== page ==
Actor Kingsley Ben-Adir knows what its like to play an iconic black leader.
In the last four years, he has portrayed former US president Barack Obama in The Comey Rule and civil rights activist Malcolm X in One Night In Miami.
But even for him, the prospect of becoming Bob Marley was daunting.
“You can’t mimic him, you can’t copy him, you can’t choreograph him,” says the 37-year-old. “It’s just not possible. It’s too spontaneous.”
So when the opportunity first arose, he turned it down. The weight and the risk simply felt too big.
“It’s a heavy burden and a very serious role,” agrees Ziggy Marley, Bob’s son and one of the custodians of his legacy.
“You look and you say, ‘Who can hold this?'”
The search took more than 30 years. Martin Scorsese and Oliver Stone were among the directors who tried, and failed, to bring the reggae legend to the big screen.
His widow, Rita, also came close. Miramax snapped up the rights to her autobiography in 2008, and Rita told reporters she wanted Lauryn Hill to play her, but the project never got off the ground.
The man who finally made it happen is Reinaldo Marcus Green. He was approached by Paramount Studios while editing King Richard – the Oscar-winning drama about the father of tennis legends Venus and Serena Williams – and instantly felt a connection to the material.
What hooked him was the story. Instead of a traditional cradle-to-grave biopic, this film would be devoted to a single, two-year timespan.
It opens in 1976, when Marley was already a star and Jamaica was in political turmoil. A wave of political shootings and firebombings rocked Kingston, as rivalries between the two major political parties spilled onto the streets.
Although Marley tried to remain neutral, he angered both sides when he organised a concert for peace.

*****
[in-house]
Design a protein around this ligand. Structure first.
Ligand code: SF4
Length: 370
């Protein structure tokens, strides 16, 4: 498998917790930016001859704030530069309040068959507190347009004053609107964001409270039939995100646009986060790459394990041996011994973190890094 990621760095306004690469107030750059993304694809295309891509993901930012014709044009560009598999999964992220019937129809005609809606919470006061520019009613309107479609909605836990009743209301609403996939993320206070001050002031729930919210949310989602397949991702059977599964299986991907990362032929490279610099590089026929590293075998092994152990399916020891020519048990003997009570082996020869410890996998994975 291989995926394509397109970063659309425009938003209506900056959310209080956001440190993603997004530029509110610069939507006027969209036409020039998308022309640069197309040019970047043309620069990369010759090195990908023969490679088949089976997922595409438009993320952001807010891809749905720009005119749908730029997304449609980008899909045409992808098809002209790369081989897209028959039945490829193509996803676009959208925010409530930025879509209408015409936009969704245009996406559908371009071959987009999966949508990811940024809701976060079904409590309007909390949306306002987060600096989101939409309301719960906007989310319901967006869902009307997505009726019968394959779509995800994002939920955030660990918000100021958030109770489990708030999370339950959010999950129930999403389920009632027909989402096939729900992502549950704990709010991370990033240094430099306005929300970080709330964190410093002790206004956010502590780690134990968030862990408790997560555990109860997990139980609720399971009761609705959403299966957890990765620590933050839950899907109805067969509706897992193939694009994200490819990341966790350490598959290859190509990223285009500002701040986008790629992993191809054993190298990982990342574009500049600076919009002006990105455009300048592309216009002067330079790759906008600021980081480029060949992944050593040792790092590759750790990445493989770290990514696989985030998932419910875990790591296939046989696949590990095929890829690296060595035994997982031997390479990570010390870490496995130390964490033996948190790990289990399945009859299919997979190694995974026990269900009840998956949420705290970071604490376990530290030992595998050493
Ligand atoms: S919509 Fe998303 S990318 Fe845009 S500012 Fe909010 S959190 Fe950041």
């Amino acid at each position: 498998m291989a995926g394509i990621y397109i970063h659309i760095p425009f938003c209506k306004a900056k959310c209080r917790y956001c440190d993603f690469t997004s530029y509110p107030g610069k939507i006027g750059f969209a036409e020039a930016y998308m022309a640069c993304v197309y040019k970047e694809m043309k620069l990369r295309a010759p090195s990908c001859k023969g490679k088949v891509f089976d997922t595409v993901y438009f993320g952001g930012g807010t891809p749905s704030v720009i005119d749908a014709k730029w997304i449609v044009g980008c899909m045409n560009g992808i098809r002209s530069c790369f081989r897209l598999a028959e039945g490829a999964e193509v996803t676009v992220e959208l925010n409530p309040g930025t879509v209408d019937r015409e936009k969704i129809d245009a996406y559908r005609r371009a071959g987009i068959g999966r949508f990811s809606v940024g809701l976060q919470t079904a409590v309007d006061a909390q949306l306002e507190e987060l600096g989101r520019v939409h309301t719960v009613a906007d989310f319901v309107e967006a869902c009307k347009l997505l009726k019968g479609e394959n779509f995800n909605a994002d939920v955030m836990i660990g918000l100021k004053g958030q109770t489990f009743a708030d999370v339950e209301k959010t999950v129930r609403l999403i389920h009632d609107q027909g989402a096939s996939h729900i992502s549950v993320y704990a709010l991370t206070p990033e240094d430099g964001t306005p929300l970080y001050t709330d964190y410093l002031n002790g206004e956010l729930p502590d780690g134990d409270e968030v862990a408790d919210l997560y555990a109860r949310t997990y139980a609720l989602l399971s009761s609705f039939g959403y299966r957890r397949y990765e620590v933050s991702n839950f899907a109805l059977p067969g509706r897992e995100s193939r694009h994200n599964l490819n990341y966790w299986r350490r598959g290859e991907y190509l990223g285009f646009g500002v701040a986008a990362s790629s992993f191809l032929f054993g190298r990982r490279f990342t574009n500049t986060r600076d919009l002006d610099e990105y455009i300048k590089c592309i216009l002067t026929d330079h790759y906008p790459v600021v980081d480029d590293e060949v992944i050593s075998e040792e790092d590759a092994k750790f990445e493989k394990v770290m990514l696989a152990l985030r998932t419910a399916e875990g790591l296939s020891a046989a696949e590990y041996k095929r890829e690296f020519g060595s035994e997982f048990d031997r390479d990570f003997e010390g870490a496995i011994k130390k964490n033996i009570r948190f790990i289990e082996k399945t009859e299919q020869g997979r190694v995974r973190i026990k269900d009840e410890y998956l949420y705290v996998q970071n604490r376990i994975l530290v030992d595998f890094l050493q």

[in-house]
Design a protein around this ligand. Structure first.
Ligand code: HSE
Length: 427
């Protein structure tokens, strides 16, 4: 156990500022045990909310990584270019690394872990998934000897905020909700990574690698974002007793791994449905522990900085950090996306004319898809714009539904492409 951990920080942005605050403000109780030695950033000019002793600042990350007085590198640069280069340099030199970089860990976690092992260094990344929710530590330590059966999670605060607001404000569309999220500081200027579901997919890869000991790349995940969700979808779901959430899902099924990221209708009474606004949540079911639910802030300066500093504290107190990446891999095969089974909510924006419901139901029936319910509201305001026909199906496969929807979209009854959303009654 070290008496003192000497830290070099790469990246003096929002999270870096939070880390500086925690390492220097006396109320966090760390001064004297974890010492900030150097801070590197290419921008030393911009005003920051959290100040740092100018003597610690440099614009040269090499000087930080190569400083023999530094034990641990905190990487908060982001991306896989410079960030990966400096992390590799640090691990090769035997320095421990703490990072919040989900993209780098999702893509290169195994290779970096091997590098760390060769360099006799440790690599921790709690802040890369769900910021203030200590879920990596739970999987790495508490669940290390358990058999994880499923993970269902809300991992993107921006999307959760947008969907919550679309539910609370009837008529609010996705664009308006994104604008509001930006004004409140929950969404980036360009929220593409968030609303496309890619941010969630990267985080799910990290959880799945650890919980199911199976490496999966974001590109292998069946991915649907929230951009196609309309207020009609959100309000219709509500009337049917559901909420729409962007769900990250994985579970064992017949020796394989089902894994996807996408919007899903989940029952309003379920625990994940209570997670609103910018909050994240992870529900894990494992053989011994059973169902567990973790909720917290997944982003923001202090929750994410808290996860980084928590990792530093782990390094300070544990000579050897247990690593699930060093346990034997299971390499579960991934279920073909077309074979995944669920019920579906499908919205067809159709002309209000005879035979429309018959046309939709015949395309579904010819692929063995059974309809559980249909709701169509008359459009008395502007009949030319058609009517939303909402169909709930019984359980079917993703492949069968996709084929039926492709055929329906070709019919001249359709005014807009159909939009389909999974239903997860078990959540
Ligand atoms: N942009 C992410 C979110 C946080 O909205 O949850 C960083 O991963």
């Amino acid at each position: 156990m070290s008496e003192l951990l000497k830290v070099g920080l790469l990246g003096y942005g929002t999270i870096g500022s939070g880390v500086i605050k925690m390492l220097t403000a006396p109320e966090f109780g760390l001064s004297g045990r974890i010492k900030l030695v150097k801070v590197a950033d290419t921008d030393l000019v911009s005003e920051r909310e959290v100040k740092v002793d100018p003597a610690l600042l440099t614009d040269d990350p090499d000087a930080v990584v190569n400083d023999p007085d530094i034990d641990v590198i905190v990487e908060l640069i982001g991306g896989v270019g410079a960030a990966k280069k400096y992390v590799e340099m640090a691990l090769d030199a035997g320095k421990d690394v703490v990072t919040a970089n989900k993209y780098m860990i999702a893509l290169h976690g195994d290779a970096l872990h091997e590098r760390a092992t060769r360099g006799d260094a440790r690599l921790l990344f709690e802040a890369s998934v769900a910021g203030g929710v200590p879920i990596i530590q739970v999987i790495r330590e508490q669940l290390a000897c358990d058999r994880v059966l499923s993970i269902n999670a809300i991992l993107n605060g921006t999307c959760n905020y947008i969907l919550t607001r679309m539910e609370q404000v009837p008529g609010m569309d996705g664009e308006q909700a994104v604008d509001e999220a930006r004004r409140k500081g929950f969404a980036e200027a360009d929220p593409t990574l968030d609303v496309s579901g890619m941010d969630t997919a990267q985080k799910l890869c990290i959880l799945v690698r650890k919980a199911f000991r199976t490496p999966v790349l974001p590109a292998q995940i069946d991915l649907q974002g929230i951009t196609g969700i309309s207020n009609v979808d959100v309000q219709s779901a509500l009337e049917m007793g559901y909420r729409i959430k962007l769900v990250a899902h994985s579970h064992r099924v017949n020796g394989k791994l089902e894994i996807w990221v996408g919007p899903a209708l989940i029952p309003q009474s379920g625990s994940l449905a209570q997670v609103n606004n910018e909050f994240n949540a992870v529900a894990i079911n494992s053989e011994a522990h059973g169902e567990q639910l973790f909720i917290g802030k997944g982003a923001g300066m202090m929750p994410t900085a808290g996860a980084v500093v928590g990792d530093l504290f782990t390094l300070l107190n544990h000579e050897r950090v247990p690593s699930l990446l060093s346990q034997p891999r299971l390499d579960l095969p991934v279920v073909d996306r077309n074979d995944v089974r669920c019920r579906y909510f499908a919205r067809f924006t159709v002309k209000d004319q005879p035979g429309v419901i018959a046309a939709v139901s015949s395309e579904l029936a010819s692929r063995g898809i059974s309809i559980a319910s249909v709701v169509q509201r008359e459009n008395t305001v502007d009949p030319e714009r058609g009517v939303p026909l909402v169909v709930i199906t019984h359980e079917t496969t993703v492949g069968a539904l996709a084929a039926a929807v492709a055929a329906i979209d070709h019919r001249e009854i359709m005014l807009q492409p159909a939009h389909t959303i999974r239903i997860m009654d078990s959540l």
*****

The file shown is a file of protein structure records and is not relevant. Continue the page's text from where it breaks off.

Two days before the show, seven armed gunmen stormed into the star’s “safe house” at 56 Hope Road as he rehearsed with his band. Rita Marley was shot in the head. A bullet aimed at Bob’s chest missed and lodged in his arm.
Miraculously, both survived. But soon afterwards, the singer exiled himself in London, where he poured his feelings of betrayal, anger and ultimately hope into a new album, Exodus.
Released in 1977, it contains many of his best-loved hits: Jamming, Three Little Birds, One Love/People Get Ready and the evocative title track.
A landmark not just for reggae but for rock and roll, it was crowned “the best album of the 20th Century” by Time Magazine.
“Exodus is a ground-breaking innovative record,” says Ziggy Marley. “The open-mindedness of the record is who Bob was.”
“It was a critical time for him, rich in character and history,” says Green. “By focusing on that, we get to shine some light into the man he was.”
The human element was important, he adds, because Marley has become “such a God” that it’s hard to imagine him struggling with things like identity, paranoia and the responsibilities of fame.
“To get a sneak peek into that – who he was, how he thought – it’s pretty incredible.”
A Bob Station in Barbie-land
Ben-Adir thought so, too. When he read the script for One Love, he abandoned his fears and sent in a blind audition.
“It was the first tape where I thought, ‘Wow, what presence’,” says Green.
“His face, his eyes said so much behind the lens. I instantly knew we had the foundation to build something.”
There was one problem: Ben-Adir didn’t sing or dance, and he couldn’t play guitar. And when he accepted the role, he only had 10 weeks to prepare.
At the time, he was on the set of the Barbie movie in Leavesden, playing Basketball Ken. He asked director Greta Gerwig for permission to study during breaks – and she built him “a ‘Bob Station’ in Barbie-land, right behind the Mojo Dojo Casa”.
It was as surreal as it sounds. One minute, Ben-Adir would be prancing around to I’m Just Ken, the next he’d be hunched over in his paisley shirt, studying the cadences of Redemption Song.